Pro-democracy lawmakers chanting “political censorship” and “shame” in the legislature brought Chief Executive Carrie Lam’s question and answer session to a standstill on Wednesday.
The democrats causing the disruption were ejected from the chamber in what was the first instance of such a session being cut short due to protests.
The democrats were reacting to lawmaker Eddie Chu‘s ban from a village election in Yuen Kong San Tsuen, a village of around 100 constituents in Pat Heung, Yuen Long.
On Sunday, Chu was banned from running over his political views. He is the first person to have been disqualified from a village representative election for this reason.
Members of the pro-Beijing camp have since suggested Chu be stripped of his role as lawmaker, though the government has said that it has “no plan” to take this measure.
“We want to tell the pro-Beijing camp: We will not beg for our right to political participation – it should be ours,” said Chu on Wednesday, thanking democrats for their support. He took part in the protests alongside Claudia Mo and Ray Chan.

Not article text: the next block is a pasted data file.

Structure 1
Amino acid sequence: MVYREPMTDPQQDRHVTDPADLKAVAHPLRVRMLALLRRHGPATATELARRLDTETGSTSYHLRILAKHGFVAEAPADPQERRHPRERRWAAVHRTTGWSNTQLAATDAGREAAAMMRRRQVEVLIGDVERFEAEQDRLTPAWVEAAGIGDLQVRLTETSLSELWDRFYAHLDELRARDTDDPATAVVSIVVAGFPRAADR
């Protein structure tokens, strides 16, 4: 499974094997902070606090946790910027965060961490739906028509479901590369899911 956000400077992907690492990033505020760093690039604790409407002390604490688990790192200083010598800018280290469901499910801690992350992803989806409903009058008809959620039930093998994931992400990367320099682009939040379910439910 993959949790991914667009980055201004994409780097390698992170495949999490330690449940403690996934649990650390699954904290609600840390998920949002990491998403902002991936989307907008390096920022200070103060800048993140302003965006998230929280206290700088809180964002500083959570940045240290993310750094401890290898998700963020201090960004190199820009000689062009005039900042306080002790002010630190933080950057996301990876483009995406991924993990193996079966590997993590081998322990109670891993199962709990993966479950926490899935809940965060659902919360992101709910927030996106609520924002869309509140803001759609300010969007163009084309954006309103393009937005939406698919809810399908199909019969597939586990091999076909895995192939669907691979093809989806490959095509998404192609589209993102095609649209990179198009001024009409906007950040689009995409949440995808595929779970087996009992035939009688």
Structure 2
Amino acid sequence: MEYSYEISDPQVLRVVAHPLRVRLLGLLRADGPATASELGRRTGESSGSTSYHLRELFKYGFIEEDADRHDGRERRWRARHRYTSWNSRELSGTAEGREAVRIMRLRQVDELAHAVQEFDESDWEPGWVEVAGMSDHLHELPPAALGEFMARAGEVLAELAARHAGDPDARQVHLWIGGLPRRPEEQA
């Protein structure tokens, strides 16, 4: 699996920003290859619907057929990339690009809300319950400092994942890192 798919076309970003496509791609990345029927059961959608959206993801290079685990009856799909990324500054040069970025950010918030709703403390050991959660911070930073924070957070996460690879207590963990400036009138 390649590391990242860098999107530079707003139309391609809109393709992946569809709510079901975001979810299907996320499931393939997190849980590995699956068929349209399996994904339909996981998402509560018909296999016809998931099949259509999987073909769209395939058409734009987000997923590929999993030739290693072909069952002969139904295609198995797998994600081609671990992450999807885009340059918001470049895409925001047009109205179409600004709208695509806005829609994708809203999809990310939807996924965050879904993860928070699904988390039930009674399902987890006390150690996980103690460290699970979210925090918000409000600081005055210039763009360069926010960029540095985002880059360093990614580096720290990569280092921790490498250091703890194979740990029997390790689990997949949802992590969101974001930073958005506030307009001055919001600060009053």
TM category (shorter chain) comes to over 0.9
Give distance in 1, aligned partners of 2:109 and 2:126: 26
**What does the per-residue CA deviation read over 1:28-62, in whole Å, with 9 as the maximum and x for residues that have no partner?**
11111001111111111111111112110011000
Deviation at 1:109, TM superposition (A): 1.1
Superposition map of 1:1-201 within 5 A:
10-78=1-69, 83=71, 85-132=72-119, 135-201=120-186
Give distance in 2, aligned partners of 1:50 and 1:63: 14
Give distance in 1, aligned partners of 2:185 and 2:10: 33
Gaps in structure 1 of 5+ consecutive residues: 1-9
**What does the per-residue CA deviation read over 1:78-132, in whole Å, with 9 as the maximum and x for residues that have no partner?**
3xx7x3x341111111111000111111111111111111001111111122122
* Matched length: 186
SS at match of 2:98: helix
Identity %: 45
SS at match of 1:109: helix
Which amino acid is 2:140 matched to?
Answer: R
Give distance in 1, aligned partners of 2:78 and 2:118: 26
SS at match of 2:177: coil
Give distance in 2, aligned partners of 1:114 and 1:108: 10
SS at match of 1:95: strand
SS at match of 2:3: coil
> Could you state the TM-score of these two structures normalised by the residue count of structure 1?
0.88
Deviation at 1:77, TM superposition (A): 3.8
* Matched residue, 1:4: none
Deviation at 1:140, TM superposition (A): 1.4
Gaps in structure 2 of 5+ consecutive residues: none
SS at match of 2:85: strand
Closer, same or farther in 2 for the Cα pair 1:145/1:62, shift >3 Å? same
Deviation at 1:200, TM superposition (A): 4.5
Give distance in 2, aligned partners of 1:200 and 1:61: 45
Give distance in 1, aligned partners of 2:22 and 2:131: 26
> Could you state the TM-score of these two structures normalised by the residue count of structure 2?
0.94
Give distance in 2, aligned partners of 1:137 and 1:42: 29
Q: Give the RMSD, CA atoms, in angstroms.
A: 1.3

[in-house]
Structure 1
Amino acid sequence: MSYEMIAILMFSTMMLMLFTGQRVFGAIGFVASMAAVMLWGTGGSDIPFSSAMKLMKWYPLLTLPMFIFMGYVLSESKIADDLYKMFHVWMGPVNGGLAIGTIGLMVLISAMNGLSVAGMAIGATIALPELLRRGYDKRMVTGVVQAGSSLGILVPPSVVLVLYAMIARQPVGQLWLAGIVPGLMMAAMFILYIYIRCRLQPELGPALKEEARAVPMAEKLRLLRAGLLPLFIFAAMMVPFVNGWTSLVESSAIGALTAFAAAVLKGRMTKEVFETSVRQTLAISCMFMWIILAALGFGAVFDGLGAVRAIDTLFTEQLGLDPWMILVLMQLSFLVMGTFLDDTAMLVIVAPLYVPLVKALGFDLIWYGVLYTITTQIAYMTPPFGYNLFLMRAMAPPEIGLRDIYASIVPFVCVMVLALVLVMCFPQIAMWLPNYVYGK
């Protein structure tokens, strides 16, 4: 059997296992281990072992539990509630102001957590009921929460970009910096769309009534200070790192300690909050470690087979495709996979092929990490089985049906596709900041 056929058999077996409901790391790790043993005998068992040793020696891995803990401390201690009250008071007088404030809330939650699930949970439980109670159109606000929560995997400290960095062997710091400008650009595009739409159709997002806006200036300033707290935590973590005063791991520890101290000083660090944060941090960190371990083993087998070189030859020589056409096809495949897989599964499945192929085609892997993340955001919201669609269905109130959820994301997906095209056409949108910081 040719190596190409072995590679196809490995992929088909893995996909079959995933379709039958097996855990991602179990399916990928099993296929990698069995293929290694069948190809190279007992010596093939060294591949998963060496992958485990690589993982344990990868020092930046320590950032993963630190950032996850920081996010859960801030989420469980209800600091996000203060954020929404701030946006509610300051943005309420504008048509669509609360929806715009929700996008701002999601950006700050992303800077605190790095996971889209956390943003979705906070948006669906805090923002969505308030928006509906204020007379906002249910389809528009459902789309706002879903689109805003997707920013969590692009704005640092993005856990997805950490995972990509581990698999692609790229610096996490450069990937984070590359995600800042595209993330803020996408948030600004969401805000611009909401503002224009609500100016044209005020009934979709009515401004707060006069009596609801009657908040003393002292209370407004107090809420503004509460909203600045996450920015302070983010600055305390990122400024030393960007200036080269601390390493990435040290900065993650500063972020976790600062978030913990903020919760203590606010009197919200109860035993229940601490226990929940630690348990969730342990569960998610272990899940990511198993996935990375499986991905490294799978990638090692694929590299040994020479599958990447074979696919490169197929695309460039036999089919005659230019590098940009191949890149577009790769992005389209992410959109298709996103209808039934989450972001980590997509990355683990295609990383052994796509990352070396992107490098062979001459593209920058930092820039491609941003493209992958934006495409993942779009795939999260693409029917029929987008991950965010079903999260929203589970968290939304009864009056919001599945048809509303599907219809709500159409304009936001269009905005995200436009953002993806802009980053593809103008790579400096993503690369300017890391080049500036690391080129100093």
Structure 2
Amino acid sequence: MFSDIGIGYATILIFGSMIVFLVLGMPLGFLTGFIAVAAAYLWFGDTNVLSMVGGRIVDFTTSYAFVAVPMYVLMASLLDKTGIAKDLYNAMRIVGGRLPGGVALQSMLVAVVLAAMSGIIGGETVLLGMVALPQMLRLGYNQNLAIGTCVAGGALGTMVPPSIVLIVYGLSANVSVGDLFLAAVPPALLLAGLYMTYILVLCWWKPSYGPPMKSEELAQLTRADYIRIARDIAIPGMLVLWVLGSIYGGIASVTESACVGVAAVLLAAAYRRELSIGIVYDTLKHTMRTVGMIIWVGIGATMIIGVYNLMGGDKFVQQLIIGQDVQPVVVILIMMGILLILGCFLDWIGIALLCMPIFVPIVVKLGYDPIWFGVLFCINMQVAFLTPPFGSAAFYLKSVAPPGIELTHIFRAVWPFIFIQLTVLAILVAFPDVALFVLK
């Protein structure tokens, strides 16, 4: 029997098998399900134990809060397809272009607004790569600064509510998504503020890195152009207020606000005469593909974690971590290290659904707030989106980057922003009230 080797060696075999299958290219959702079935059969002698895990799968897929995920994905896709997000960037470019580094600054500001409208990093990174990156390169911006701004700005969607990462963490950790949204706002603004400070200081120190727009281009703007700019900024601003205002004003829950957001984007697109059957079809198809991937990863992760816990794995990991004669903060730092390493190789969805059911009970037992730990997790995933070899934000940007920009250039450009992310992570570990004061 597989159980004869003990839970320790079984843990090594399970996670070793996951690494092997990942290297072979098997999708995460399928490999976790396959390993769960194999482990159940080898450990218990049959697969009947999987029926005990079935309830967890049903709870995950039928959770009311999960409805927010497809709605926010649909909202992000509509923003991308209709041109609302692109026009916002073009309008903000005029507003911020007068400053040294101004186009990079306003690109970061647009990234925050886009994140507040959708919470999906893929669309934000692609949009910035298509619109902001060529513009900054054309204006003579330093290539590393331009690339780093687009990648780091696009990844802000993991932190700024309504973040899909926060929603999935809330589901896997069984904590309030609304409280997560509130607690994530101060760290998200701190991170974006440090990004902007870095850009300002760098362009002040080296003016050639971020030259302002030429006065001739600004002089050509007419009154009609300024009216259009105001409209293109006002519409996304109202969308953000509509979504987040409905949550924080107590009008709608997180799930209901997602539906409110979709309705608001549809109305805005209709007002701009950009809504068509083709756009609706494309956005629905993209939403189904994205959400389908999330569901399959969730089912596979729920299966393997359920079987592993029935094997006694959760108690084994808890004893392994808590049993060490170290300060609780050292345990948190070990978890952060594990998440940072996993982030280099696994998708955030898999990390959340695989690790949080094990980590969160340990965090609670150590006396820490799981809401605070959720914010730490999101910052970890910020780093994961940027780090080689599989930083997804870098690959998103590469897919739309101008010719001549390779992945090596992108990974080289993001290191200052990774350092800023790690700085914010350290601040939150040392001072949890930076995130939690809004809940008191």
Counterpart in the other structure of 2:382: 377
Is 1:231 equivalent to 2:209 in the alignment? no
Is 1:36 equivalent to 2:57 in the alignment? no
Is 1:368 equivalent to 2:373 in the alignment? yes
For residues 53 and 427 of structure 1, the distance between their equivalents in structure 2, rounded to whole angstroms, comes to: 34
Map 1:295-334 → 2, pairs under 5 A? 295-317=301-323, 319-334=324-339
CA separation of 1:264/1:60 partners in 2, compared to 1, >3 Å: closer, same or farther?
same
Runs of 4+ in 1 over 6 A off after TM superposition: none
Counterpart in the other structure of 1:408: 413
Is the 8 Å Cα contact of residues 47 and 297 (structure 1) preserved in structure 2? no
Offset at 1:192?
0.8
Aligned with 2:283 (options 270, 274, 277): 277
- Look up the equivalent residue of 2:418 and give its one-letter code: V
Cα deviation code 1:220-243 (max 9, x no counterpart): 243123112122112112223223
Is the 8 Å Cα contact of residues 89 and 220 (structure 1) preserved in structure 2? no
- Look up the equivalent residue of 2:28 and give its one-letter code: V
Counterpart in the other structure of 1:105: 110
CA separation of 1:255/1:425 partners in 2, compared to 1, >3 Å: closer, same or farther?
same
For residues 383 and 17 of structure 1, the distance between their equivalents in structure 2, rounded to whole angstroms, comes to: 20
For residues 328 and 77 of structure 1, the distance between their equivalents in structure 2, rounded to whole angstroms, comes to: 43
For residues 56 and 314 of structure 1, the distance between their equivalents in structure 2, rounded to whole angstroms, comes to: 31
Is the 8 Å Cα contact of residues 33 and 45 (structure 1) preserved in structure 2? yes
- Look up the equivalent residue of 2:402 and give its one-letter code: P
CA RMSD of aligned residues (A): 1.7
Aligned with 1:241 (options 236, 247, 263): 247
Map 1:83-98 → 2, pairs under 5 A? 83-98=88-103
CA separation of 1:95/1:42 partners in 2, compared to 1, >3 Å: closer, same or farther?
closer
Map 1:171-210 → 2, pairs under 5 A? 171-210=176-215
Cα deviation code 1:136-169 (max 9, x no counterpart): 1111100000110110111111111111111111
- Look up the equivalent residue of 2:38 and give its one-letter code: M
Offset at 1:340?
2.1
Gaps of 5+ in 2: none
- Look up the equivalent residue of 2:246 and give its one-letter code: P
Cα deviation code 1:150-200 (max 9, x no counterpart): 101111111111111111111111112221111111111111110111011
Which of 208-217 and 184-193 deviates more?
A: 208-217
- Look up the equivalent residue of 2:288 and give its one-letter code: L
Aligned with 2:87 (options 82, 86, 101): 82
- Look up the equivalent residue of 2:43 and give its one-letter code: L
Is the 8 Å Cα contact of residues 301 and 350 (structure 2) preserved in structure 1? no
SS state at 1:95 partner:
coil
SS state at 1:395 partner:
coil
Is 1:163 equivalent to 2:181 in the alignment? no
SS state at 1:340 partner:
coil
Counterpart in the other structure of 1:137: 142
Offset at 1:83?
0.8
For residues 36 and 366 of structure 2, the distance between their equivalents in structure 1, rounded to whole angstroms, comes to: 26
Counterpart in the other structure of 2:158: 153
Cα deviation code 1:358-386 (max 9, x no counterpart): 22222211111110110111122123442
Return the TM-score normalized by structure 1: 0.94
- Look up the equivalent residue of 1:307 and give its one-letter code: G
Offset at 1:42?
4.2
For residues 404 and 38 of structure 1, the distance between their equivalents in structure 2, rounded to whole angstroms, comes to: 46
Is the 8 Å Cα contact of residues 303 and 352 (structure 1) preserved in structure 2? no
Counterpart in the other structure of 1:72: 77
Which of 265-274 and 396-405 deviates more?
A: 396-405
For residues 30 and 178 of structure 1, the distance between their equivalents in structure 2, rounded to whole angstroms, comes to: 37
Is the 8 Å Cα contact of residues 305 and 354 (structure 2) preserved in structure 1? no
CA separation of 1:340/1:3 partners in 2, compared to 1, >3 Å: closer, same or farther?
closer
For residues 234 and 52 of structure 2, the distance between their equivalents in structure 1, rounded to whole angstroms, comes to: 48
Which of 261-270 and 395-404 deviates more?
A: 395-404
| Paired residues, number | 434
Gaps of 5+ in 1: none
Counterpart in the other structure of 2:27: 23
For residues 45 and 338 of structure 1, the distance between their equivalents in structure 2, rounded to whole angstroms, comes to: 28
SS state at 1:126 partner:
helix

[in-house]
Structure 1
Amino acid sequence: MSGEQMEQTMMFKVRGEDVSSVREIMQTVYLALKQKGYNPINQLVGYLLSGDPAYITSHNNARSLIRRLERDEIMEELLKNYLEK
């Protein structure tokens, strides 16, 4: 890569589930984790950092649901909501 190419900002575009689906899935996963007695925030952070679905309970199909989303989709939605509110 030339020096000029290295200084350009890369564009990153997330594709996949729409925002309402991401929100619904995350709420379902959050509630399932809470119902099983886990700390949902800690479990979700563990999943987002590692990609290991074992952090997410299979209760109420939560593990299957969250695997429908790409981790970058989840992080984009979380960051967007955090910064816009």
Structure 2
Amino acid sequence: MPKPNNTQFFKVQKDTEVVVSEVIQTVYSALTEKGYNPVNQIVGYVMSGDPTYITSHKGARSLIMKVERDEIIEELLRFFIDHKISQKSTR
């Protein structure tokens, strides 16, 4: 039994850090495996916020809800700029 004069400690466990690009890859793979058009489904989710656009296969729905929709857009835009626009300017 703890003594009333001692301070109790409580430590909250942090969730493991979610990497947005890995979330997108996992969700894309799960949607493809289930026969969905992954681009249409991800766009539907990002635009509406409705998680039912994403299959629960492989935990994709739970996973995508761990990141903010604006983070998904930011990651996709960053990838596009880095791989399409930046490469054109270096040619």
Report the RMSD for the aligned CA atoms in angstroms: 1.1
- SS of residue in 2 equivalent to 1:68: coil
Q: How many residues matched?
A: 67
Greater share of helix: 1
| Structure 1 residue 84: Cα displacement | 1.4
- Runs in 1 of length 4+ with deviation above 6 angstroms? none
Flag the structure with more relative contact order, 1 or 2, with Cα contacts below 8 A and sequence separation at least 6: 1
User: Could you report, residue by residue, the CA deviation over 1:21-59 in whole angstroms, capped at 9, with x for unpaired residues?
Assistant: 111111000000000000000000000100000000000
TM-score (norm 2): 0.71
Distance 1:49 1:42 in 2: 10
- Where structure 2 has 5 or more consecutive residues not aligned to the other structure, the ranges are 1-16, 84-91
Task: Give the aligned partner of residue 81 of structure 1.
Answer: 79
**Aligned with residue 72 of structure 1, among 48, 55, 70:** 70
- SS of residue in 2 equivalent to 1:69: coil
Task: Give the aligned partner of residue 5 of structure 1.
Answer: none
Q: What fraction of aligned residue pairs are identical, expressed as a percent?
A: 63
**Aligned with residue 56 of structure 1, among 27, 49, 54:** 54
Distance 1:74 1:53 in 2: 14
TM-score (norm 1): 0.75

The protesters interrupted Lam as she attempted to hold her 30-minute monthly question and answer session.
The president of the legislative council, Andrew Leung, demanded lawmakers stop chanting, but his calls fell on deaf ears. He then demanded Claudia Mo, Ray Chan and Eddie Chu leave the chamber, though they kept protesting, forcing Leung to suspend the meeting.
Mo, Chan and Chu were then removed by security guards. Lam came back to the chamber 15 minutes later as remaining democrats continued to chant slogans.
Leung then decided to end the session: “Because many lawmakers are still chanting, the chief executive question and answers cannot be conducted today.”
‘Unfortunate and regrettable’
Lam left the legislature and then attended the opening ceremony of the Hong Kong News-Expo, where she said that the incident was unfortunate and regrettable: “I hope the next question and answer session at the Legislative Council can be held smoothly,” she said.
Civic Party lawmaker Kwok Ka-ki said Leung had been stricter than usual in kicking out lawmakers from the chamber.
“Maybe he wanted to protect Carrie Lam too badly,” he said. “Andrew Leung kicking lawmakers out of the chamber at will is the real reason behind failed meetings.”
Federation of Trade Unions lawmaker Wong Kwok-kin said his party was very angry about the situation and would urge the legislature to increase punishments for ejected lawmakers.
“We thought we didn’t have to rush [the process of increasing punishments]. But this political show today tells us that some people have no self-restraint. We are forced to do so,” he said.